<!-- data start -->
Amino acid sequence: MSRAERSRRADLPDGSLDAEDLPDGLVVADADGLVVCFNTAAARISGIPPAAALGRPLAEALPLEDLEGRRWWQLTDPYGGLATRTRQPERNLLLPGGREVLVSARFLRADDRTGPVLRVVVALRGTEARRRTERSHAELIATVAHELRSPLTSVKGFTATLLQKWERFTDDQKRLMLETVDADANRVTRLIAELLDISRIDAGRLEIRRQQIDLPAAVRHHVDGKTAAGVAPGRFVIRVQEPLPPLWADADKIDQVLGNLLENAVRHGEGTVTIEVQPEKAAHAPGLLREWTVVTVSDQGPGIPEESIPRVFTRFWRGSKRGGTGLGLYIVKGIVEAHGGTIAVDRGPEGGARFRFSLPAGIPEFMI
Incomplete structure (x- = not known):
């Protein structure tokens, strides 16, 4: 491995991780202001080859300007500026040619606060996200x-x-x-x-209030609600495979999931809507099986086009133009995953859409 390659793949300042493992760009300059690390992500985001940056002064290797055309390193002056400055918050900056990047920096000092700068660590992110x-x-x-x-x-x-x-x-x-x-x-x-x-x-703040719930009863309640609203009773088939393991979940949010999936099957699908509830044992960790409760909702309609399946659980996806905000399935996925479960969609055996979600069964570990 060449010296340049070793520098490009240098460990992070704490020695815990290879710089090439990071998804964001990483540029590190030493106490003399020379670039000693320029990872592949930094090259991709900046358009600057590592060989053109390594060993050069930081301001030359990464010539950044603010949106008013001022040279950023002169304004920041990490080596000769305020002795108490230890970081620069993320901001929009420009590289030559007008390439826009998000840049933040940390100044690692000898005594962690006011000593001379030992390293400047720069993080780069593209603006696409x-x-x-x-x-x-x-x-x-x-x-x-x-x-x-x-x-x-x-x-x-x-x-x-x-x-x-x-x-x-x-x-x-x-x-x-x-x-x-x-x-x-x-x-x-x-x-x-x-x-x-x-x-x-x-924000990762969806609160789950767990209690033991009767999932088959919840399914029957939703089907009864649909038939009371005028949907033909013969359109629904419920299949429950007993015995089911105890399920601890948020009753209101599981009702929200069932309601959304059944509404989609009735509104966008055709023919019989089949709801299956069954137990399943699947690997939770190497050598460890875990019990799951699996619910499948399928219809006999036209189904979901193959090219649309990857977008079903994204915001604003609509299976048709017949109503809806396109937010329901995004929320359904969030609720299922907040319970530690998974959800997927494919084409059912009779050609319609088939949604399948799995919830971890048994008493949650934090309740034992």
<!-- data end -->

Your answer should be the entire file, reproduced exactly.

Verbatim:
Amino acid sequence: MSRAERSRRADLPDGSLDAEDLPDGLVVADADGLVVCFNTAAARISGIPPAAALGRPLAEALPLEDLEGRRWWQLTDPYGGLATRTRQPERNLLLPGGREVLVSARFLRADDRTGPVLRVVVALRGTEARRRTERSHAELIATVAHELRSPLTSVKGFTATLLQKWERFTDDQKRLMLETVDADANRVTRLIAELLDISRIDAGRLEIRRQQIDLPAAVRHHVDGKTAAGVAPGRFVIRVQEPLPPLWADADKIDQVLGNLLENAVRHGEGTVTIEVQPEKAAHAPGLLREWTVVTVSDQGPGIPEESIPRVFTRFWRGSKRGGTGLGLYIVKGIVEAHGGTIAVDRGPEGGARFRFSLPAGIPEFMI
Incomplete structure (x- = not known):
């Protein structure tokens, strides 16, 4: 491995991780202001080859300007500026040619606060996200x-x-x-x-209030609600495979999931809507099986086009133009995953859409 390659793949300042493992760009300059690390992500985001940056002064290797055309390193002056400055918050900056990047920096000092700068660590992110x-x-x-x-x-x-x-x-x-x-x-x-x-x-703040719930009863309640609203009773088939393991979940949010999936099957699908509830044992960790409760909702309609399946659980996806905000399935996925479960969609055996979600069964570990 060449010296340049070793520098490009240098460990992070704490020695815990290879710089090439990071998804964001990483540029590190030493106490003399020379670039000693320029990872592949930094090259991709900046358009600057590592060989053109390594060993050069930081301001030359990464010539950044603010949106008013001022040279950023002169304004920041990490080596000769305020002795108490230890970081620069993320901001929009420009590289030559007008390439826009998000840049933040940390100044690692000898005594962690006011000593001379030992390293400047720069993080780069593209603006696409x-x-x-x-x-x-x-x-x-x-x-x-x-x-x-x-x-x-x-x-x-x-x-x-x-x-x-x-x-x-x-x-x-x-x-x-x-x-x-x-x-x-x-x-x-x-x-x-x-x-x-x-x-x-x-924000990762969806609160789950767990209690033991009767999932088959919840399914029957939703089907009864649909038939009371005028949907033909013969359109629904419920299949429950007993015995089911105890399920601890948020009753209101599981009702929200069932309601959304059944509404989609009735509104966008055709023919019989089949709801299956069954137990399943699947690997939770190497050598460890875990019990799951699996619910499948399928219809006999036209189904979901193959090219649309990857977008079903994204915001604003609509299976048709017949109503809806396109937010329901995004929320359904969030609720299922907040319970530690998974959800997927494919084409059912009779050609319609088939949604399948799995919830971890048994008493949650934090309740034992």